BS-IV norms must for registering new buses and trucks: Kerala HC

BS-IV norms must for registering new buses and trucks: Kerala HC

Registration of new buses and trucks can be allowed only if they meet Bharat Stage Four (BS-IV) norms as the amendment to law also includes these categories of vehicles, the Kerala high court has held.

The ruling was issued by a single bench of the court after considering a total of 10 petitions filed by vehicle manufacturers and dealers challenging a circular issued by the state transport commissioner in April 2016 stating that BS-IV norms are applicable not only to vehicles with four wheels but those with more than four wheels too. The petitions were filed soon after the issuance of the circular and the judgment was delivered by the court on December 8th.

It was contended by the petitioners that the amendment to Central Motor Vehicle Rules (Sub Rule 15a of Rule 115), by which BS-IV norms is being implemented in a phased manner, applies only to four-wheeled vehicles and not to vehicles having more than four wheels. The petitioners stressed on the words ‘four wheeled vehicles’ used in the provision to argue that the norms do not apply to vehicles having more than four wheels.

While disagreeing with this contention, the court pointed out that the rules categorize vehicles only as two wheelers, three wheelers, and four wheelers, and not as vehicles having more than four wheels. A common expression ‘four wheeled vehicles’ is used in all the provisions in the CMV Rules, the court said.

Further, when BS-IV standards have been implemented throughout the country even for two-wheeled and three-wheeled vehicles manufactured after April 1st last year, there is no reason at all to exempt vehicles with more than four wheels, the judgment said.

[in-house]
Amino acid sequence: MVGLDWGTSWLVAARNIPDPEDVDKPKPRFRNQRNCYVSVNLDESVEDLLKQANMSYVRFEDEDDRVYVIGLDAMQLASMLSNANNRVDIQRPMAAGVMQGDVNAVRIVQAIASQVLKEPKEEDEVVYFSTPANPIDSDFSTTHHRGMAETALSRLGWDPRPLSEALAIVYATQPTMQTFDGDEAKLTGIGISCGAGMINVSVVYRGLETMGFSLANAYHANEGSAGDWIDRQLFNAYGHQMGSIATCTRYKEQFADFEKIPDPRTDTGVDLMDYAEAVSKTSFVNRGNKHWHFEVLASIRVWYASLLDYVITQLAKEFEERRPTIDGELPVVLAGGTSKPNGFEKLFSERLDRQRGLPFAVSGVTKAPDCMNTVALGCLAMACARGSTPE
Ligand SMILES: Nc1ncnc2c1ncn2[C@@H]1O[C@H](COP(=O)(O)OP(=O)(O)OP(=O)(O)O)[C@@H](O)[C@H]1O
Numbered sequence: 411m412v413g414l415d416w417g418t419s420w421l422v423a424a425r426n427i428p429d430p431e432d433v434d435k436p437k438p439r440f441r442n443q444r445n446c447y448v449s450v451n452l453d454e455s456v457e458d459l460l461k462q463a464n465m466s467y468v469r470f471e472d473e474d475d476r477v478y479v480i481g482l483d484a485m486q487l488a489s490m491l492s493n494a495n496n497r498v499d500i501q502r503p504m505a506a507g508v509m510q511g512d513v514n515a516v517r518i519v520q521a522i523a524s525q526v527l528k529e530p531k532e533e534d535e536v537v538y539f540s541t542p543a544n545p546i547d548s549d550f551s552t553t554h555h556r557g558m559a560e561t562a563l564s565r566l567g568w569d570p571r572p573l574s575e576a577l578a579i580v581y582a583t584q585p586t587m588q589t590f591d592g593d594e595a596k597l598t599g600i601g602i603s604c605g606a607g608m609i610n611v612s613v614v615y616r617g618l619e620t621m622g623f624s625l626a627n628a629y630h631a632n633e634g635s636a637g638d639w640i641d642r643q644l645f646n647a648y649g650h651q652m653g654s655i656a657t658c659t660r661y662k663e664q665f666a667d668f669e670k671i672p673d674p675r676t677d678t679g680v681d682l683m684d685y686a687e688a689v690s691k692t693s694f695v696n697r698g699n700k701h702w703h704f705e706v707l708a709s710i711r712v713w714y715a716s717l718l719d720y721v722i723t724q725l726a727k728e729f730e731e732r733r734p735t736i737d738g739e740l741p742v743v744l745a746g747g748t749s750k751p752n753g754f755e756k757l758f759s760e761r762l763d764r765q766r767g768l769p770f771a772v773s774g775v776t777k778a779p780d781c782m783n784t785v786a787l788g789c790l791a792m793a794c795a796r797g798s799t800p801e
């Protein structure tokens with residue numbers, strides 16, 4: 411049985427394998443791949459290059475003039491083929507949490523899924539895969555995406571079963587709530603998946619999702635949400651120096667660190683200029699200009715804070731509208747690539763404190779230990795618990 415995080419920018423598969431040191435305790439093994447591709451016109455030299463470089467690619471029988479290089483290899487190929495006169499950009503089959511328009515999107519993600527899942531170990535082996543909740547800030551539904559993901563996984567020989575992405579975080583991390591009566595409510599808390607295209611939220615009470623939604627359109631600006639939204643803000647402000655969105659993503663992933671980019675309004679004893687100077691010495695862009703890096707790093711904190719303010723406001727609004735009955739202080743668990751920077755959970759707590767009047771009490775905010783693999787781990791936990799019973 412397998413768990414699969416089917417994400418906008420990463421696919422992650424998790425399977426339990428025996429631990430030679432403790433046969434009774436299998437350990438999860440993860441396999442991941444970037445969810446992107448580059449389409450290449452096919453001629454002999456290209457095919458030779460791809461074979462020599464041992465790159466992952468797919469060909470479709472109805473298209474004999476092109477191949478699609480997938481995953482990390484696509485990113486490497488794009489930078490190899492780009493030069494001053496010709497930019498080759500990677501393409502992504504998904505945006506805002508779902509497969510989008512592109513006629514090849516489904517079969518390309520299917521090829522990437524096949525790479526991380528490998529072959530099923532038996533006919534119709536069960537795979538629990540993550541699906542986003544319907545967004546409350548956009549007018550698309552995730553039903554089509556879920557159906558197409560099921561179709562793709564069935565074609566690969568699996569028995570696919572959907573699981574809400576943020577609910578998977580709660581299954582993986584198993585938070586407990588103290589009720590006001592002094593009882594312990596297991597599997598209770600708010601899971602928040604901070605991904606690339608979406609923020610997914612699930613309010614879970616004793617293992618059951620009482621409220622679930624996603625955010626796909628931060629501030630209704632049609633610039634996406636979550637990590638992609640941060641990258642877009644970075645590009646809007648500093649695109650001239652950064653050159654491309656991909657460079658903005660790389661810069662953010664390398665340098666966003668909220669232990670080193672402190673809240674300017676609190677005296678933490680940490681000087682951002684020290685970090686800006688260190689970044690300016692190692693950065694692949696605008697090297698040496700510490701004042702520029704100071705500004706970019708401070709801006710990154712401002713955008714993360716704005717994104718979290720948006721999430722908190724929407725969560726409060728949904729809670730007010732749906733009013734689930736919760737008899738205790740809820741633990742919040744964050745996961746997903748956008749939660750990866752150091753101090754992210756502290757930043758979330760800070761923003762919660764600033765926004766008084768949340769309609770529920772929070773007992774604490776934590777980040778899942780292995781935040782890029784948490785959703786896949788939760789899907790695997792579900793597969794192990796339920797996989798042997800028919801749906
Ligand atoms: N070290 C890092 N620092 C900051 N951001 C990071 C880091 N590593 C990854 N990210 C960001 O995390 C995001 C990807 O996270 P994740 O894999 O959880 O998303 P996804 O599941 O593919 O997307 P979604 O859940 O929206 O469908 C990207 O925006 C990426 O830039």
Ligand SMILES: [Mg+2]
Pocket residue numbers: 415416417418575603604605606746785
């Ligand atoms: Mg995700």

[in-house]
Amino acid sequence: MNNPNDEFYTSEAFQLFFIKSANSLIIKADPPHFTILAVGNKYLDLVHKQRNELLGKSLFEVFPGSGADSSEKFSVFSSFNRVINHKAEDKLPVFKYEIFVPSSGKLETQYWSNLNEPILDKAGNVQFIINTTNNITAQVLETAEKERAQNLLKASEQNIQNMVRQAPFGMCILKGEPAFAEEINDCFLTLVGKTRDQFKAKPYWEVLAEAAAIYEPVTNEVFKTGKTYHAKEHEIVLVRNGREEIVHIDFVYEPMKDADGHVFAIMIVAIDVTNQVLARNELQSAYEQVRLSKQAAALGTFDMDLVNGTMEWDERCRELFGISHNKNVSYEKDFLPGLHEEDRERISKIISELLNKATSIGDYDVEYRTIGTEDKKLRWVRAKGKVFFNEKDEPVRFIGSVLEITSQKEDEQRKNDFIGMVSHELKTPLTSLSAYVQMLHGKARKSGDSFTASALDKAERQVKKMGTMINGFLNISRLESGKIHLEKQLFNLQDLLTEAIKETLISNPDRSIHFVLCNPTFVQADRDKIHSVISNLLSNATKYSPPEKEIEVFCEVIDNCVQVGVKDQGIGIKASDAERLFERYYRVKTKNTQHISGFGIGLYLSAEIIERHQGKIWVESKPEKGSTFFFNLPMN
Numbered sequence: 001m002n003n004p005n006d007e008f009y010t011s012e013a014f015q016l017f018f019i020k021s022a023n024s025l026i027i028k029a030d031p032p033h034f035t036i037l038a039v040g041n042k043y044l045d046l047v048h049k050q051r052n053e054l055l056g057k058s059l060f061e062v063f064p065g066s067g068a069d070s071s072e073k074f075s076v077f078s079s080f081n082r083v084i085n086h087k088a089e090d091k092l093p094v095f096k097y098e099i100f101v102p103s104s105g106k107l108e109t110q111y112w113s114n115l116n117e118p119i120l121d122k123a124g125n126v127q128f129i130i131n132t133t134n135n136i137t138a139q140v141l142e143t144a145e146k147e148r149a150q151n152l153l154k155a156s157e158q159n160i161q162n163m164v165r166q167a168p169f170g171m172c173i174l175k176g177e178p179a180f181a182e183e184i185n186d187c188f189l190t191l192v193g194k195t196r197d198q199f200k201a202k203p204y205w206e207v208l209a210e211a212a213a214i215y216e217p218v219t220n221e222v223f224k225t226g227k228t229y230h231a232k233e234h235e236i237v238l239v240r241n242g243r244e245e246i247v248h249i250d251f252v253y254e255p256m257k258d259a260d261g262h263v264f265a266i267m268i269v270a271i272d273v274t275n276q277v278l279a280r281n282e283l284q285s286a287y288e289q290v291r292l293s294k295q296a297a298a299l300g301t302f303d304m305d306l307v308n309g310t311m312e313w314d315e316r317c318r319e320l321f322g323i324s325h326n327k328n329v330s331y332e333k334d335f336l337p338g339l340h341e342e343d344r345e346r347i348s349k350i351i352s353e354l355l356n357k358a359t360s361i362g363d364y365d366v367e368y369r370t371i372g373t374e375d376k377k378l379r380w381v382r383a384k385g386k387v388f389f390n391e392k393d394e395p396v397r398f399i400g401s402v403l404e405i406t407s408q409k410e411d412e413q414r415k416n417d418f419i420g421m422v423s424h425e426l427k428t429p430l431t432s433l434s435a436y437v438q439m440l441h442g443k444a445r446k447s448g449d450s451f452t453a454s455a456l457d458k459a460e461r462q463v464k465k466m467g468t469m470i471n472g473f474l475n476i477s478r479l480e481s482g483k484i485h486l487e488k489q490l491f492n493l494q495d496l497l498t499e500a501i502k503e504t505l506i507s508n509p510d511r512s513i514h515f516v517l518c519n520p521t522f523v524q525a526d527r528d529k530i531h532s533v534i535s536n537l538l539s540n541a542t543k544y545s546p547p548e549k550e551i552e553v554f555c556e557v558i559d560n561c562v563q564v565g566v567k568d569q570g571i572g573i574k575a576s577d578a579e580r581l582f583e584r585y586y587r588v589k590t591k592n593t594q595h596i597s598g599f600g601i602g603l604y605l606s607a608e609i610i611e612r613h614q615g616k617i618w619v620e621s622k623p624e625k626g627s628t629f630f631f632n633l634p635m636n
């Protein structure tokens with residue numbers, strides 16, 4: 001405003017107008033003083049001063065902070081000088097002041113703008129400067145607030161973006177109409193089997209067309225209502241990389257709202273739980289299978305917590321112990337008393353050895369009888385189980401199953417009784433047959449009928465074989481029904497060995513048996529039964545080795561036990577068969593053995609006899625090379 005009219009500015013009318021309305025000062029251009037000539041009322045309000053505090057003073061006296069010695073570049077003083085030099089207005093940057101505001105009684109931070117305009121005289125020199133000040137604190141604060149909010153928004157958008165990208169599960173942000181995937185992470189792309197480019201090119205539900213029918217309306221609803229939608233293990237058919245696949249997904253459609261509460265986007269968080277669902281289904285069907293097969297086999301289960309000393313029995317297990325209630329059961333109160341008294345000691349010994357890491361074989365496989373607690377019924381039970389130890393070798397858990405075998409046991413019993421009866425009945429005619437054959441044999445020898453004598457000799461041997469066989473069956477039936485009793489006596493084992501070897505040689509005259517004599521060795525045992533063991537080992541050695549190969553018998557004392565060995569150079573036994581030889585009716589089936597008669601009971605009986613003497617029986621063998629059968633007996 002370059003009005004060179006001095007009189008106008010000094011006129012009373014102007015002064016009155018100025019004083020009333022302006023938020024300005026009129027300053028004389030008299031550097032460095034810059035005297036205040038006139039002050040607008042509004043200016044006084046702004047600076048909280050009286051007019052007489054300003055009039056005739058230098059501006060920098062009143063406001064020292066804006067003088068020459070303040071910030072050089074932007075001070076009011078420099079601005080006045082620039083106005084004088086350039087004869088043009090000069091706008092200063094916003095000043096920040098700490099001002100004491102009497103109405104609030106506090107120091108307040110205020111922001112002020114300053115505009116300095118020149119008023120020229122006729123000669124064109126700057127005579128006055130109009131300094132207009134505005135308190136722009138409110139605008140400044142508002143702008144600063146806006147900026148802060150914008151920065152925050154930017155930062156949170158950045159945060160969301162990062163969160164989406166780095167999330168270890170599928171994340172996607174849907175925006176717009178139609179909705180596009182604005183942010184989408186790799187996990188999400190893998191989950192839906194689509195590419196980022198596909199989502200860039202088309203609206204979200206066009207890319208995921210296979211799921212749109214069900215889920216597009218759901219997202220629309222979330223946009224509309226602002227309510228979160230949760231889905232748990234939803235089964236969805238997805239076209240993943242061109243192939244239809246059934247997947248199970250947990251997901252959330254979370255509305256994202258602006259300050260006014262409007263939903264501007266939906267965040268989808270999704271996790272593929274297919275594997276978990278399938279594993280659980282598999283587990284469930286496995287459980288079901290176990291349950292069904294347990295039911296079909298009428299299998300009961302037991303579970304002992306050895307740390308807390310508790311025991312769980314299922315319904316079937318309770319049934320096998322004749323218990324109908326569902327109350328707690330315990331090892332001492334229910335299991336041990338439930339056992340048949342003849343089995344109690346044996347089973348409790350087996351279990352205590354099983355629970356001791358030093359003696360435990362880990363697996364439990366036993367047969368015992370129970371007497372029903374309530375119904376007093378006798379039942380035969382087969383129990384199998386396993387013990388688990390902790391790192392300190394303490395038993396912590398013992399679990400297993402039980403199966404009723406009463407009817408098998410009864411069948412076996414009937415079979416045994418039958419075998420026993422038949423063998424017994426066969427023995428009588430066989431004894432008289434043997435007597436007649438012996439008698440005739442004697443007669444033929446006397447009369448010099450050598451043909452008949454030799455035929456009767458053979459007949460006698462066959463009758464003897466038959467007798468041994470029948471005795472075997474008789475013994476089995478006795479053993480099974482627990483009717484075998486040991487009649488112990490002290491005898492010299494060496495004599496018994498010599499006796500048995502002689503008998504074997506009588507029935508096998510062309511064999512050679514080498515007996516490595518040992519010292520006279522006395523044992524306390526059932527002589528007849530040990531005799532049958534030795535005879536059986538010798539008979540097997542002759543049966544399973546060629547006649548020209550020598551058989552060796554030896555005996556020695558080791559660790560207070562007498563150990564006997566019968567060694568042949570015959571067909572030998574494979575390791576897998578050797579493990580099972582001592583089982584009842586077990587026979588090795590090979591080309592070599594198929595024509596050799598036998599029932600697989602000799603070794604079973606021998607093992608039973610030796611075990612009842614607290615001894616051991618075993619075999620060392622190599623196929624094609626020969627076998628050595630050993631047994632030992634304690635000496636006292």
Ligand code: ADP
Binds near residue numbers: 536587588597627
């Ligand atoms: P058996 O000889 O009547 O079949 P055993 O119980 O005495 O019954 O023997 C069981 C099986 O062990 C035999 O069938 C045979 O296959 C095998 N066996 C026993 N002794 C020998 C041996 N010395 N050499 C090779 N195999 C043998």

When the words ‘four wheeled vehicles’ is considered in view of the settled legal principle that the words of a statute must be understood in the sense in which the legislature has in view, even vehicles with more than four wheels are included in the category, the court said. Meaning of words in a statute must not be found so much in a strictly grammatical or etymological propriety of language as per a 1977 ruling of the Supreme Court (Union of India v. Sankalchand Himatlal Sheth), the high court said. Dismissing the petitions, the court held that BS-IV norms is applicable to all passenger and goods vehicles that have four wheels and more.

BS-IV norms, which compares to Euro 4 regulations globally, was first introduced in the National Capital Region and a few cities and later extended to the entire country in four phases. It stipulates lower levels of carbon monoxide (CO), hydrocarbons (HC), and nitrogen oxides (NOx), which are the most harmful pollutants in exhaust gases. While the permissible level of carbon monoxide, which is poisonous to the respiratory system, for diesel vehicles was 0.64g/km in Euro 3, it is 0.50g/km in Euro 4. In the case of hydrocarbons, which causes cancer, the level was 0.56g/km in Euro 3, compared to 0.30g/km in Euro 4. Similarly, threshold for nitrogen oxides, which can irritate mucous membranes and even cause lung damage, was set at 0.50g/km in Euro 3. Maximum permissible limit of nitrogen oxides is fixed at 0.25g/km in Euro 4. In September last year, central government had announced that it would bypass BS-V and introduce BS-VI norms, equivalent to Euro 6 regulations, by April 2020. Euro 6 mandates 67 per cent reduction in nitrogen oxides compared to Euro 5 (0.18g/km).

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